the same algorithm. The data are currently being produced
and freely distributed via the Theia land data centre.1The
snow retrieval algorithm is based on the Normalized Differ-
ence Snow Index (Dozier, 1989) but also uses a digital ele-
vation model to better constrain the snow detection. We first
describe the algorithm (Sect. 2) and its implementation in the
let-it-snow processor (LIS, Sect. 2.4.4). Then, we provide a
detailed description of the product characteristics (coverage,
period, format, etc.; Sect. 3). In Sect. 4, we present an evalu-
ation of Theia snow products using in situ snow depth mea-
surements, very high-resolution clear-sky snow maps and vi-
sual control. We finally discuss the main limitations and po-
tential applications of the Theia Snow collection.
2 Algorithm
2.1 Scope
An algorithm was designed to determine the snow presence
or absence from Sentinel-2 and Landsat-8 observations out-
side areas of dense forest with the following requirements:
It should be scalable, i.e. allow the processing of large
areas (104km2) with a reasonable computation cost
(typically less than 1 h for a single product).
It should be robust to seasonal and spatial variability of
the snow cover and land surface properties.
It should maximize the number of pixels that are classi-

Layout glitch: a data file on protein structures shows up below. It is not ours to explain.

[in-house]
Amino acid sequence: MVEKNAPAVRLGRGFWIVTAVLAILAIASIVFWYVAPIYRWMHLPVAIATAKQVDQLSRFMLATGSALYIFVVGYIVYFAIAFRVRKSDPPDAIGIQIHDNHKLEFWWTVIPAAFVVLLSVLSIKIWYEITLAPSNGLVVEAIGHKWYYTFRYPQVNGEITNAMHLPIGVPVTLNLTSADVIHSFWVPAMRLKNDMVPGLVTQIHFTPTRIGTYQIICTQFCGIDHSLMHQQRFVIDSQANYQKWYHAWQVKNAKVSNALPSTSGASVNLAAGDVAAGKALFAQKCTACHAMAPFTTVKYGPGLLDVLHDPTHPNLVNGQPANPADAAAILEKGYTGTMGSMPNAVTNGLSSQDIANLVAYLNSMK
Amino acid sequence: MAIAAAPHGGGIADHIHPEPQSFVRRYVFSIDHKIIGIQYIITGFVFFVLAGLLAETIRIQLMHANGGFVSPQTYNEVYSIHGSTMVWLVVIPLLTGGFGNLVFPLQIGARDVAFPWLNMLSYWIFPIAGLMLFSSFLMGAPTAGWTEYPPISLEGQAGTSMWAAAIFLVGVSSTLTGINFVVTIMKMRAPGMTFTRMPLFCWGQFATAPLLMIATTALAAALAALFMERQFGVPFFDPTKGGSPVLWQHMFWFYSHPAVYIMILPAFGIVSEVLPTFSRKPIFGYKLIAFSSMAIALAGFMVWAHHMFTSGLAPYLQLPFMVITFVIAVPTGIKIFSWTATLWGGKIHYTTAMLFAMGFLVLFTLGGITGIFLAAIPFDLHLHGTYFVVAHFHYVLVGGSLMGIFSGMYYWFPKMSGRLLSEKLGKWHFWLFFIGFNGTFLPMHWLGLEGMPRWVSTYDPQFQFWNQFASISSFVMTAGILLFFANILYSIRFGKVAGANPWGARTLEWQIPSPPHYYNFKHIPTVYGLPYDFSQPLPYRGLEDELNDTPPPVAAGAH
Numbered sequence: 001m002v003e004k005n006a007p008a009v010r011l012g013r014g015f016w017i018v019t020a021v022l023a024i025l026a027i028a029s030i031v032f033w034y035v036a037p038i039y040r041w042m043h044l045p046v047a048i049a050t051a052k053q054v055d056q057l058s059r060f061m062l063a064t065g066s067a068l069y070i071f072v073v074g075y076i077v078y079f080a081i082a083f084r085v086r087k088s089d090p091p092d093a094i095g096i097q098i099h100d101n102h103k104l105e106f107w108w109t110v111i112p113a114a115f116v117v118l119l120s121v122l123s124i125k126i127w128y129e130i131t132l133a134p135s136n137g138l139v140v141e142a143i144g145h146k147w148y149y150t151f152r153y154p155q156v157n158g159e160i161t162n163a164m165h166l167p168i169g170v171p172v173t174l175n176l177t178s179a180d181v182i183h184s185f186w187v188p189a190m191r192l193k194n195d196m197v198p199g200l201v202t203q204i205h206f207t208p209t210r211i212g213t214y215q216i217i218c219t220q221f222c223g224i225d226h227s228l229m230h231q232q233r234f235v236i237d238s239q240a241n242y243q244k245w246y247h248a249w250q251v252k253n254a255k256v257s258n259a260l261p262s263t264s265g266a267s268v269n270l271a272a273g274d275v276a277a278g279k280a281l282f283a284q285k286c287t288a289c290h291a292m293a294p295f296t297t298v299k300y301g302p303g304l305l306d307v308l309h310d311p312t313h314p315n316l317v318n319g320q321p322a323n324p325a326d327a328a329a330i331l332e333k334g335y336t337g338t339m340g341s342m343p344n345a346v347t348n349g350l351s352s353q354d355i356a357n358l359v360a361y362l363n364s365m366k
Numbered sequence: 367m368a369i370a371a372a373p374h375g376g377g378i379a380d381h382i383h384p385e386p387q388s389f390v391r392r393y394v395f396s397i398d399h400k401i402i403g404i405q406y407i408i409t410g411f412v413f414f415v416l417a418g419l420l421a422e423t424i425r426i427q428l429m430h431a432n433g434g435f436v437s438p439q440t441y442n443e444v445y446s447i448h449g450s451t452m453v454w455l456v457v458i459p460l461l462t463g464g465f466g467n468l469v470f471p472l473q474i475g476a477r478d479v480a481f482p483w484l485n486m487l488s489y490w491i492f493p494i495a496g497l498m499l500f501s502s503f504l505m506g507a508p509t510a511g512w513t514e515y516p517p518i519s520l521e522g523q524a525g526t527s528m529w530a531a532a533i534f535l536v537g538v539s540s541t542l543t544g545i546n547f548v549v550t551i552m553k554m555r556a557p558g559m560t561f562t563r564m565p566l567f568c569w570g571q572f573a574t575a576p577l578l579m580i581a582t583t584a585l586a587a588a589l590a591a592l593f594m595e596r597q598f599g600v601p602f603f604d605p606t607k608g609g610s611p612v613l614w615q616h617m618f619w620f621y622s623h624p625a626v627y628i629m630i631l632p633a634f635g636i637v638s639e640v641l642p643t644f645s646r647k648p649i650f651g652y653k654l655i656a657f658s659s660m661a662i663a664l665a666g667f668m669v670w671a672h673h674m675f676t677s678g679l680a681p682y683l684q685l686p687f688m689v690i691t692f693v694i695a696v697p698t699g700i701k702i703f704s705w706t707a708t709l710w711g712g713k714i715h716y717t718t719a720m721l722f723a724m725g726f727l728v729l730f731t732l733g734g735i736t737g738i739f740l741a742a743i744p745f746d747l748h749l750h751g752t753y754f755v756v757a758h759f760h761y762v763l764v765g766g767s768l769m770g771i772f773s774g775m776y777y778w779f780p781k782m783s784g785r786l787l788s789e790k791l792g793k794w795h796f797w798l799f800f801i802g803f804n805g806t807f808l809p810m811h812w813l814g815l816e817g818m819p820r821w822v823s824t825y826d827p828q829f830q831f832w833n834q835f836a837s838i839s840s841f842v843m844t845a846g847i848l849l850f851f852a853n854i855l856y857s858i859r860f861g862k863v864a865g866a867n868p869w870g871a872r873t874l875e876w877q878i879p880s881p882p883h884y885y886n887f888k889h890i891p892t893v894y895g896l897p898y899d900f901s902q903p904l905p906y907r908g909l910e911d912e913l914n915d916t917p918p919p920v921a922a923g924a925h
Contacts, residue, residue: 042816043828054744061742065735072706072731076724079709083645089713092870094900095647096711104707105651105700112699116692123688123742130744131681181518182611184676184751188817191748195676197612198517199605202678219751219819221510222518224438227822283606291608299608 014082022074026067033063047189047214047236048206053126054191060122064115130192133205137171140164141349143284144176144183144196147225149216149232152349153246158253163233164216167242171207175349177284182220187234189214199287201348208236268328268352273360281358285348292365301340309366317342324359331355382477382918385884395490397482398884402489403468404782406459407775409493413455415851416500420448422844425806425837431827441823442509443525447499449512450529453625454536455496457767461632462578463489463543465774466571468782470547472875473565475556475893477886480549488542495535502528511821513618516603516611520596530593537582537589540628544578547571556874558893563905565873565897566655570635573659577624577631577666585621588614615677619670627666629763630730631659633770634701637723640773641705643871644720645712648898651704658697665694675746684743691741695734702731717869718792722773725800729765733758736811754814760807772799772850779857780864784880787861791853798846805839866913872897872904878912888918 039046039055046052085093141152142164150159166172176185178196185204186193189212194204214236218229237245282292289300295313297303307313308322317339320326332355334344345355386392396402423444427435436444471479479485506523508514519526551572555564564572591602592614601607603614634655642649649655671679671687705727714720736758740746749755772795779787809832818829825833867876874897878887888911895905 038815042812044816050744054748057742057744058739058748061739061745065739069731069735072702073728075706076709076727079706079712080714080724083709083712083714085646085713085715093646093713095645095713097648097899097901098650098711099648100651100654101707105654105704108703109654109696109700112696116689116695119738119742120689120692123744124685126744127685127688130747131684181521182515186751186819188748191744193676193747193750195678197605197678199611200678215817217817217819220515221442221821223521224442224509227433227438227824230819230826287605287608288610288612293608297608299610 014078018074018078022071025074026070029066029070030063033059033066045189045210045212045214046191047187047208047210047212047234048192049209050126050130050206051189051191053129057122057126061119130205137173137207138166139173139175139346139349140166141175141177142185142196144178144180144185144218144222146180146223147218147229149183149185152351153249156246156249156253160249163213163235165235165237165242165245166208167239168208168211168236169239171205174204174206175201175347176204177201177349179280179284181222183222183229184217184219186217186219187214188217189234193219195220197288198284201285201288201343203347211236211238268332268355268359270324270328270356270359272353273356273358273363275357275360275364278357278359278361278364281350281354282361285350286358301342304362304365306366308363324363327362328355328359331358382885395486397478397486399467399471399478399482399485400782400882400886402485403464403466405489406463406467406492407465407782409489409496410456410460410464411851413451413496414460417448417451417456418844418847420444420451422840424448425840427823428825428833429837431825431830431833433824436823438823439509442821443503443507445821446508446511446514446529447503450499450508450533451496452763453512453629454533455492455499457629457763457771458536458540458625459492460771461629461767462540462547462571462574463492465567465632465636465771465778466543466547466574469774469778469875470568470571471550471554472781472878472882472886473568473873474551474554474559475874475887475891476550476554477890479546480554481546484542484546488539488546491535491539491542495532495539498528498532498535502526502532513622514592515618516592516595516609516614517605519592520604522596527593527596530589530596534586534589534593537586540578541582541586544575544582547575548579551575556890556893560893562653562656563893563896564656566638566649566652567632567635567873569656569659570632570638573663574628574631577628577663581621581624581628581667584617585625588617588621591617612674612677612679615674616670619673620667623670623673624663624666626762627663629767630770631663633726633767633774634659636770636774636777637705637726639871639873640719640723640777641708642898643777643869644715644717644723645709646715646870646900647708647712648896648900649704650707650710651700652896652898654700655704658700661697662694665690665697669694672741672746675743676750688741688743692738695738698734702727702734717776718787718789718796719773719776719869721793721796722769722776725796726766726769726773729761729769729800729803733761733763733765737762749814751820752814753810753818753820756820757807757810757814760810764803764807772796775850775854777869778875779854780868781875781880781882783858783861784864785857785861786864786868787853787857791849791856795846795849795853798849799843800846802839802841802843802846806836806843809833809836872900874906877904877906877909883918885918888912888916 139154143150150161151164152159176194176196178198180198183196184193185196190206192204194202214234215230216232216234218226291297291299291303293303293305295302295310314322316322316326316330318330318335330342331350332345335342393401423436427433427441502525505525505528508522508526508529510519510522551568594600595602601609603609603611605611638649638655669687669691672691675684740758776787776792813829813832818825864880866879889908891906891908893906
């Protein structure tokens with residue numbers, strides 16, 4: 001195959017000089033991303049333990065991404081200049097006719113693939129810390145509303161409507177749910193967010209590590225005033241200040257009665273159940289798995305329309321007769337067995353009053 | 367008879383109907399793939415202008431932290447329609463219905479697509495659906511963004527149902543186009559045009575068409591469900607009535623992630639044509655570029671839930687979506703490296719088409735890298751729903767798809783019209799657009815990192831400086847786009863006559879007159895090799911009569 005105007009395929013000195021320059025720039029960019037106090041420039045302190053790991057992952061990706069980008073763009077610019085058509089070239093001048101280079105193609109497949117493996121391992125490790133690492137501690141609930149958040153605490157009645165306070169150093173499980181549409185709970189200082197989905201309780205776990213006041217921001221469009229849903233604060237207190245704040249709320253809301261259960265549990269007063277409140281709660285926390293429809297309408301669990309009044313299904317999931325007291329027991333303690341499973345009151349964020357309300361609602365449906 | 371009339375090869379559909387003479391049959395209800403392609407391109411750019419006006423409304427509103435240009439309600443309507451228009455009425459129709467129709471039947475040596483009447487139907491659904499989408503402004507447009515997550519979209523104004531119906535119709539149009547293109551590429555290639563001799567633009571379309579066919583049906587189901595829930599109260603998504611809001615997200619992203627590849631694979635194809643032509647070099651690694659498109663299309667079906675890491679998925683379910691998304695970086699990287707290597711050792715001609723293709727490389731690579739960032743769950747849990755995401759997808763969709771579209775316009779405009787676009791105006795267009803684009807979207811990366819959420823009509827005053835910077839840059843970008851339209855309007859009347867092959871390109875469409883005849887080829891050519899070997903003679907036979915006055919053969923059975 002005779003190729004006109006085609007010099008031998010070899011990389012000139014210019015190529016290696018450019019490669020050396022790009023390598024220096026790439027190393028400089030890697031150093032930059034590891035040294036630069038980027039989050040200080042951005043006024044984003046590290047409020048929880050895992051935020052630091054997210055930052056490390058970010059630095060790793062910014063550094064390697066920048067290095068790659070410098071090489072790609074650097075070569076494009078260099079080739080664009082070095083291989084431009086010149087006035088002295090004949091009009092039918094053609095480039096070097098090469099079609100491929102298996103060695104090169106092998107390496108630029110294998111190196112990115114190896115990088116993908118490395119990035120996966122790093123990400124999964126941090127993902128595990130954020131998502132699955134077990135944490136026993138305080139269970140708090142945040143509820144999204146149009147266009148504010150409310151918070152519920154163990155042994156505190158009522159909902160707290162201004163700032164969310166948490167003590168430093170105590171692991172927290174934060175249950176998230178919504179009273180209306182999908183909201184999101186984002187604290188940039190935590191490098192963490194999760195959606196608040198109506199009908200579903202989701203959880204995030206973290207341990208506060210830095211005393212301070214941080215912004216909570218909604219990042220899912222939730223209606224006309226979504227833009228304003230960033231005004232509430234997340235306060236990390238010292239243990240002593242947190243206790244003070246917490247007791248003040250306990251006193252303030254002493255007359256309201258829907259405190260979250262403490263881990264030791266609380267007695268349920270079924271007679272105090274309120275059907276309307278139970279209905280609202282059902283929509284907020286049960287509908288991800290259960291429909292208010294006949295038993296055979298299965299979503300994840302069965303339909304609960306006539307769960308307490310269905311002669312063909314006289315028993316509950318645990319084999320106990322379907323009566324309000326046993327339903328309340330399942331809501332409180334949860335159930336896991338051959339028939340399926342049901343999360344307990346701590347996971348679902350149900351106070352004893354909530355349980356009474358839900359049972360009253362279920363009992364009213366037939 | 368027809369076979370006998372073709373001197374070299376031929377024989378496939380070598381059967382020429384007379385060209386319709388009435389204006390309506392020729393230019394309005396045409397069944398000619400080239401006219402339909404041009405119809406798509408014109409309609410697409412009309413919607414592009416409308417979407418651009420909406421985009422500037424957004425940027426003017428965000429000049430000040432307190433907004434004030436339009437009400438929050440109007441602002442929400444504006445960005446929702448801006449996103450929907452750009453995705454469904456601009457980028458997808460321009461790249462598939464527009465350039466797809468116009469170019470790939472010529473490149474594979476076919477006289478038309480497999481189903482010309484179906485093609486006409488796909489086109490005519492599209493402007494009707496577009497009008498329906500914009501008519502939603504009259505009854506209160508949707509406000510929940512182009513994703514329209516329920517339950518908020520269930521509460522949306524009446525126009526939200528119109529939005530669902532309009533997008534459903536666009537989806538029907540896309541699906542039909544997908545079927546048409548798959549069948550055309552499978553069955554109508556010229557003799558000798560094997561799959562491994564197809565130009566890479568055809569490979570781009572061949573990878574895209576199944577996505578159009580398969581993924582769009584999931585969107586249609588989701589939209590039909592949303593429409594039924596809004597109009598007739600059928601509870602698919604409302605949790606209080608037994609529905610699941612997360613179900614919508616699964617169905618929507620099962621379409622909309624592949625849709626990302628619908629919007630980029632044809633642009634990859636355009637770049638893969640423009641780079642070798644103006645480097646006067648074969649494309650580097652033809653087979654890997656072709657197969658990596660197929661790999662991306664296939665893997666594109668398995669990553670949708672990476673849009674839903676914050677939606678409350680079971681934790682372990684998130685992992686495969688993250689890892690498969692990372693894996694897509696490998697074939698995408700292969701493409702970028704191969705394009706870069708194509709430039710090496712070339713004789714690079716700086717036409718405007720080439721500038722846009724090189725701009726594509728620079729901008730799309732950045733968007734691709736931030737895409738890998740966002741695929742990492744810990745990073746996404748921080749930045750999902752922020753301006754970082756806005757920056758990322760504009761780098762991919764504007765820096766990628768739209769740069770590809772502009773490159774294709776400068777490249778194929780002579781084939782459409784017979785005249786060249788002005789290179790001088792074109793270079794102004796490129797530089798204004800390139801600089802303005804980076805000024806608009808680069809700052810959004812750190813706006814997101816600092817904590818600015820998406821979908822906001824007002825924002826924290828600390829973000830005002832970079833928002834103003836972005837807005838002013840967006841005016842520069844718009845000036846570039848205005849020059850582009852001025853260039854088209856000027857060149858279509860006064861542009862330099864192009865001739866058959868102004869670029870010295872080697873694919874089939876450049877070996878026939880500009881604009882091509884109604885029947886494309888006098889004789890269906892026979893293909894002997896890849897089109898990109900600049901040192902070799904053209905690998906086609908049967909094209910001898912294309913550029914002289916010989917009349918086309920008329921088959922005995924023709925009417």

fied as snow or no snow.
It is preferable to falsely classify a pixel as cloud than
falsely classify a pixel as snow or no snow.
2.2 Input
The algorithm works with multispectral remotely sensed im-
ages, which include at least a channel in the visible part
of the spectrum and a channel near 1.5 µm (referred to as
shortwave-infrared or SWIR). It takes the following as input:
a L2A product, including
the cloud and cloud shadow mask (referred to as an
“L2A cloud mask” in the following),
the green, red and SWIR bands from the flat-surface
reflectance product. These images are corrected
for atmospheric and terrain slope effects (Hagolle
et al., 2017). The slope correction is important in
mountain regions since it enables us to use the same
detection thresholds whatever the sun-slope geom-
etry.
A digital elevation model (DEM).
1Theia is a French inter-agency organization designed to foster
the use of Earth observation for land surface monitoring for aca-
demics and public policy actors.
Earth Syst. Sci. Data, 11, 493–514, 2019 www.earth-syst-sci-data.net/11/493/2019/
S. Gascoin et al.: Theia Snow collection 495
2.3 Pre-processing
The red and green bands are resampled with the cubic
method to a pixel size of 20 m by 20 m to match the resolu-
tion of the SWIR band. The DEM is generated from the Shut-
tle Radar Topography Mission seamless DEM (Jarvis et al.,
2008) by cubic spline resampling to the same 20 m resolution
grid.
2.4 Algorithm description
2.4.1 Snow detection